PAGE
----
Tetrachromia and colour blindness
Stories from Physics for 11-14 14-16
- Whilst data on prevalence is still somewhat uncertain, between 15-47% of women and around 8% of men, are potential tetrachromats. That is, they have four cones and a greater ability to perceive differences in colours — some tetrachromats may be able to distinguish two million shades of colours.
- In contrast to the prevalence of tetrachromacy, men are 16 times as likely as women to be colour blind. Complete colour blindness, achromatopsia, is rare, affecting only 3 in 100,000 people. However, on the island of Pingelap in Micronesia, the prevalence is somewhere between 4-10% as the islanders are descended from survivors of a typhoon in the 1700s, one of whom carried the gene for the condition.
- The human retina has a smaller number of blue than red or green cones, and, in the fovea, there are no blue cones at all. Therefore, a sufficiently small blue dot, directly in the centre of the visual field cannot be recognised as blue. Viewed at a distance, white and yellow, blue and black, and red and magenta, will look identical. This effect has been known for many years, and naval signalling flags and the colours in heraldry were designed such that the colours could not be confused when viewed at a distance.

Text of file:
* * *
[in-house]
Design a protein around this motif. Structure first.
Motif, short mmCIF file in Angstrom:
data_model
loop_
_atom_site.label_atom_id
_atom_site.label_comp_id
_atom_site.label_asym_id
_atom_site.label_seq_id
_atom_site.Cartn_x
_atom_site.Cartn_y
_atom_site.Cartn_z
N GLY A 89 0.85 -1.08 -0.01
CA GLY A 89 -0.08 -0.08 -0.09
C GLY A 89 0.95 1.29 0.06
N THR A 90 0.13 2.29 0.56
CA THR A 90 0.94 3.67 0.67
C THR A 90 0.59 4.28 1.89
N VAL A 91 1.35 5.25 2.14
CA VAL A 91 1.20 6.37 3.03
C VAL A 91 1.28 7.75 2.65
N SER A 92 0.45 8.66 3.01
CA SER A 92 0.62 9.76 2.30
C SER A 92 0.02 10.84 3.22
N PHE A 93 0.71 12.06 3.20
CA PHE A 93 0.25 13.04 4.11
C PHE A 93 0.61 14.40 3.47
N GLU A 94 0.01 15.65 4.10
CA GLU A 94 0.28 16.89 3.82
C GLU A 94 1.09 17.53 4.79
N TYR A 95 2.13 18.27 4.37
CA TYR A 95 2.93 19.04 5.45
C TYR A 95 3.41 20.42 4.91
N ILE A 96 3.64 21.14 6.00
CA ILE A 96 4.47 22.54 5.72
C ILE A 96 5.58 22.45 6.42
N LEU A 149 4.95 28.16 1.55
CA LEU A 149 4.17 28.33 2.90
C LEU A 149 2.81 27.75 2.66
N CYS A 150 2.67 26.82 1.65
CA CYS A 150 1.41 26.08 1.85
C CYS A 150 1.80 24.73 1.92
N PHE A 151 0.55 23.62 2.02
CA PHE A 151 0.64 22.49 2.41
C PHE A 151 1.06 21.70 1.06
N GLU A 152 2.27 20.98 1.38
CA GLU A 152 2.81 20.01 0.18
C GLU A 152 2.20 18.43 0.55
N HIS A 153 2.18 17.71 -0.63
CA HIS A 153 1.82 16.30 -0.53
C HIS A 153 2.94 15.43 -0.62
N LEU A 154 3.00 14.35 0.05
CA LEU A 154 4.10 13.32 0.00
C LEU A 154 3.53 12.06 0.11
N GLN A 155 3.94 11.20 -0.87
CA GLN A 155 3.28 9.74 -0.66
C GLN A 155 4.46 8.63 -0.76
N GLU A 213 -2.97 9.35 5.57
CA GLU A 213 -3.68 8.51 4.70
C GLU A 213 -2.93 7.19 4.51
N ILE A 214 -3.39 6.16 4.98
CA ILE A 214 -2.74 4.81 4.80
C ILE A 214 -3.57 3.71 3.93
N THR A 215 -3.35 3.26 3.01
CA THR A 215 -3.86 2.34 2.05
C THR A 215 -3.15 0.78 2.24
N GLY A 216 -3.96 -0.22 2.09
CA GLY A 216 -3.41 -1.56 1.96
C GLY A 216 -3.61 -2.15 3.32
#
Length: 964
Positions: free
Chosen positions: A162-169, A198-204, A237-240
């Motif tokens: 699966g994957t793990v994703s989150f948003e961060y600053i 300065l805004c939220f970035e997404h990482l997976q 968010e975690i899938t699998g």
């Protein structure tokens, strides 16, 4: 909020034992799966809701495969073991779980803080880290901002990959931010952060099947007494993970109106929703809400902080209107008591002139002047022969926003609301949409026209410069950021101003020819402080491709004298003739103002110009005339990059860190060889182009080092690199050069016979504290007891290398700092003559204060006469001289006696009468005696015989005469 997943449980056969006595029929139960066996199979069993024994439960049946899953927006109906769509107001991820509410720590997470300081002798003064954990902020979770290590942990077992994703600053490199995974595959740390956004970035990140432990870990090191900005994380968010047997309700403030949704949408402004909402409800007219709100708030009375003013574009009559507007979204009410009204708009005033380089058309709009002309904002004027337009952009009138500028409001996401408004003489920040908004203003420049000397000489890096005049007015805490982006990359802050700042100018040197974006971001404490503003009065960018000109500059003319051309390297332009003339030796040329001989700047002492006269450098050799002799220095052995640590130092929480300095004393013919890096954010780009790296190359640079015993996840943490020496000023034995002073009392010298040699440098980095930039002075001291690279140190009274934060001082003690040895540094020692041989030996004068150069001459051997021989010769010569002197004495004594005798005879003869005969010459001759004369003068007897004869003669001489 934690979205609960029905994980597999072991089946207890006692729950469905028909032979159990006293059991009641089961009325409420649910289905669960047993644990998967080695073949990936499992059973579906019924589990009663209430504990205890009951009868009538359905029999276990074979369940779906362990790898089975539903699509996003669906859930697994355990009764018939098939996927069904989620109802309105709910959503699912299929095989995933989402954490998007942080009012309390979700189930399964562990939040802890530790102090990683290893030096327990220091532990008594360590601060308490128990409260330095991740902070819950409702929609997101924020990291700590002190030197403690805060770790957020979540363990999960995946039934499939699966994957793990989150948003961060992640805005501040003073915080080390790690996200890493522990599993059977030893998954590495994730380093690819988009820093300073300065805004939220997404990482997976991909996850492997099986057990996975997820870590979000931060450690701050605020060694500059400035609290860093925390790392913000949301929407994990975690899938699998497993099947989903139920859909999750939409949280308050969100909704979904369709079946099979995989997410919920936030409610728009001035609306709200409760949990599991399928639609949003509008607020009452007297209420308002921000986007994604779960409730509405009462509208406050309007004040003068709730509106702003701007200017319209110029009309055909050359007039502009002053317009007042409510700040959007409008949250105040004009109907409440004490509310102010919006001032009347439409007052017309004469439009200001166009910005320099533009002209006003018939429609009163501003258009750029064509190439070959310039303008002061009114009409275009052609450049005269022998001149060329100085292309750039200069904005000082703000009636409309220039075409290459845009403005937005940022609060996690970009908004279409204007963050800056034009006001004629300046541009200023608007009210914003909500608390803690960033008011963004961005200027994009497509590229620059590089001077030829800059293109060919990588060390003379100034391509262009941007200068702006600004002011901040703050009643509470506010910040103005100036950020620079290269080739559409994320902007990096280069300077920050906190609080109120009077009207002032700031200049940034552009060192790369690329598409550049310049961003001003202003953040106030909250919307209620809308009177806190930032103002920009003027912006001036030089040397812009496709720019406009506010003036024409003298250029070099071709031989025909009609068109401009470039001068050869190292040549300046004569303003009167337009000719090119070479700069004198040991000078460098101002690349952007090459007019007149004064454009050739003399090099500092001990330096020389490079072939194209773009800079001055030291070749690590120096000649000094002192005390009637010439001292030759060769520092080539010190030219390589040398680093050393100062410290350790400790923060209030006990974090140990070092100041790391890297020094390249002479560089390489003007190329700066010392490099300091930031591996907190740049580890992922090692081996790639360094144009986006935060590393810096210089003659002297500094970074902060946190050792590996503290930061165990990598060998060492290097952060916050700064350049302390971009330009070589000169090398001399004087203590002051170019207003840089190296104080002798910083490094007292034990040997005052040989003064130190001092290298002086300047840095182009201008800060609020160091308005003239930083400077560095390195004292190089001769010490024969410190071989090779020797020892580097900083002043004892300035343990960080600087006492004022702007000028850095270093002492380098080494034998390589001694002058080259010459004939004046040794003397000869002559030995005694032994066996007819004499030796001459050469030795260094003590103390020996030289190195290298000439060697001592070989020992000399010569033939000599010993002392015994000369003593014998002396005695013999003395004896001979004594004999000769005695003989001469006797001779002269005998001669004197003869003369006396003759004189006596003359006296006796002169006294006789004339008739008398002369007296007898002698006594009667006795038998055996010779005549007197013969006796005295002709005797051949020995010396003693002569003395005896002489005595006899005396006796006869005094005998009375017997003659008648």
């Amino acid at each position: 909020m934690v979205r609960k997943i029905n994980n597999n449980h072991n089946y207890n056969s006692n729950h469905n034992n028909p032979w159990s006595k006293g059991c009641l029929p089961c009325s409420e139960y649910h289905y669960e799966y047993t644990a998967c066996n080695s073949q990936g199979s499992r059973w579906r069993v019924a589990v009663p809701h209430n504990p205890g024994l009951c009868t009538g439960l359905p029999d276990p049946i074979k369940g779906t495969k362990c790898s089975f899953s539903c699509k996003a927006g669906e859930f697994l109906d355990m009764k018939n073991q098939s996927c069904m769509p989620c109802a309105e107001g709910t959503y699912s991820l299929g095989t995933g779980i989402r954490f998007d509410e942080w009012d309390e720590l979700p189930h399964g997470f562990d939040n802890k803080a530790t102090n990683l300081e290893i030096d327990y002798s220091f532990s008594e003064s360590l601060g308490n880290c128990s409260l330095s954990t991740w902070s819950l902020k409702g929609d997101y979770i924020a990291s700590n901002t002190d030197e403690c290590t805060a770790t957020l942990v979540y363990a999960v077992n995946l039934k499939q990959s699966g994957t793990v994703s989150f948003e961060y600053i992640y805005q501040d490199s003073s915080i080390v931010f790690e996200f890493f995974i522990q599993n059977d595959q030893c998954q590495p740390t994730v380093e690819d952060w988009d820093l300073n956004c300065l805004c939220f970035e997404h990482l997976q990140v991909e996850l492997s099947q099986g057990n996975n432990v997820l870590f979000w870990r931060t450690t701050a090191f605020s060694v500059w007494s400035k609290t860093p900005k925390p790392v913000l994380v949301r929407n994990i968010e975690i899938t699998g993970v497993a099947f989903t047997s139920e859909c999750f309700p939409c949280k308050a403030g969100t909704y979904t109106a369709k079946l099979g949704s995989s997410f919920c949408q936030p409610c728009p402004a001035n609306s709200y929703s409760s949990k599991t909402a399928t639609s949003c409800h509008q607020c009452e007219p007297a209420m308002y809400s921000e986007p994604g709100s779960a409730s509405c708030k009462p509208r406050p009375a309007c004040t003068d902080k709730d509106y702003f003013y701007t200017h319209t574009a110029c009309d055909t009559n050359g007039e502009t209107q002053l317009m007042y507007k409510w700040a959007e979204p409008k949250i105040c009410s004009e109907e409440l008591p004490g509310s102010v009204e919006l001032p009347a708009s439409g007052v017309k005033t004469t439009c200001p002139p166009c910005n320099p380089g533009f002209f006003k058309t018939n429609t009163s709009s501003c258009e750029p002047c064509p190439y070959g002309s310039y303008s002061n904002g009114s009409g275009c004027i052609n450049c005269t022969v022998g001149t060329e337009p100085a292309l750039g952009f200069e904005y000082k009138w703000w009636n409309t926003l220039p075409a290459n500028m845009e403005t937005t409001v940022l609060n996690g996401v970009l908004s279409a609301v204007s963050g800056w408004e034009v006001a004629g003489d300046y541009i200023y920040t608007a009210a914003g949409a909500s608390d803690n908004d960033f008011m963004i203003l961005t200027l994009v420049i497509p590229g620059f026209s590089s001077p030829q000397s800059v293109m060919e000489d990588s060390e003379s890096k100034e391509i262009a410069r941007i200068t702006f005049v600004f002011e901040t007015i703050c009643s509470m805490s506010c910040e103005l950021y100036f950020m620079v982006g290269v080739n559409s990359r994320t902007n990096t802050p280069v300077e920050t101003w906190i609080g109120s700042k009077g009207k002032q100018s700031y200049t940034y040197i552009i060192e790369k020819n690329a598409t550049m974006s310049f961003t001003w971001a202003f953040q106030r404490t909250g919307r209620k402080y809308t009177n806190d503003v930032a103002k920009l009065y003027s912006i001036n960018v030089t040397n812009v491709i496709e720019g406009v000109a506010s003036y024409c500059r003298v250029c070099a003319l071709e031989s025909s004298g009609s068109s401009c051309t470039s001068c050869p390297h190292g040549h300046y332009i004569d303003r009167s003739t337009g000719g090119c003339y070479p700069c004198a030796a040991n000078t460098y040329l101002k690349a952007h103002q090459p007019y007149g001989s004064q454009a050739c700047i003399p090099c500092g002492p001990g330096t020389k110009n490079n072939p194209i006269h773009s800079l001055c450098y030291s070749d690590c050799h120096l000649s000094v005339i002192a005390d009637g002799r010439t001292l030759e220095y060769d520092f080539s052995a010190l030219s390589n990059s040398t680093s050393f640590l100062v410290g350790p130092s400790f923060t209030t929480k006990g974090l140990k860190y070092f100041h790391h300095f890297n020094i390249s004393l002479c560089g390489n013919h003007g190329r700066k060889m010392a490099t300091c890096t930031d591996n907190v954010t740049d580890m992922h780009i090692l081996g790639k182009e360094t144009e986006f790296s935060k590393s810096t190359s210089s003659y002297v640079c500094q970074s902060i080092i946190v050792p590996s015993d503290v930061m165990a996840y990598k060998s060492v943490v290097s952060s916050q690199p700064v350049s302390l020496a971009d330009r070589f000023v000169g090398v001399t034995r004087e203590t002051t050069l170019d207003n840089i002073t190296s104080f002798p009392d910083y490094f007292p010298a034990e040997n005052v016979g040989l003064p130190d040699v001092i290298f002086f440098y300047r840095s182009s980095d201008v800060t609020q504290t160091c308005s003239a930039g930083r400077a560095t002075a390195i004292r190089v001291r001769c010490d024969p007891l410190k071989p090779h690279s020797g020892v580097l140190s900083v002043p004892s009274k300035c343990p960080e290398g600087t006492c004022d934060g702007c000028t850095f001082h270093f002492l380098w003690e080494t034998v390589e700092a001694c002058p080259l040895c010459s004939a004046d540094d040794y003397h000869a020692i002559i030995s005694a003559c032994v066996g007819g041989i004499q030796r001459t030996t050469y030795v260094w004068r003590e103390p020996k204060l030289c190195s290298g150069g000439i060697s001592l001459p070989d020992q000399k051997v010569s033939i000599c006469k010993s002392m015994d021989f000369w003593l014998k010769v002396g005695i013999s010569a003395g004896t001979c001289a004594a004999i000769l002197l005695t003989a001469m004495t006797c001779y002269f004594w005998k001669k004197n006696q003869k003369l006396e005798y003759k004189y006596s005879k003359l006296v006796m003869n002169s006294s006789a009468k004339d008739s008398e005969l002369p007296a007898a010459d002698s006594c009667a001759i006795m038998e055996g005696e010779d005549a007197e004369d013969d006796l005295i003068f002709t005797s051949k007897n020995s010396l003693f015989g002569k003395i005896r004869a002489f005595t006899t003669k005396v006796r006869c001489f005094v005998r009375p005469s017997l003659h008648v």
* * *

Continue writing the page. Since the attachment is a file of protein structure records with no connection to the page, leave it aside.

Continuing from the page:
- Unlike the three cones humans possess, some species, for example mantis shrimps and butterflies, possess up to 12 spectral sensitivities. It is surprising, then, that mantis shrimp have a poorer ability to distinguish colours than humans. The shrimp can only distinguish colours differing in wavelength by 25 nm, whilst humans can detect differences of between 1-4 nm. Instead, it is hypothesised that the 12-receptor system gives an advantage by increasing the speed of colour processing.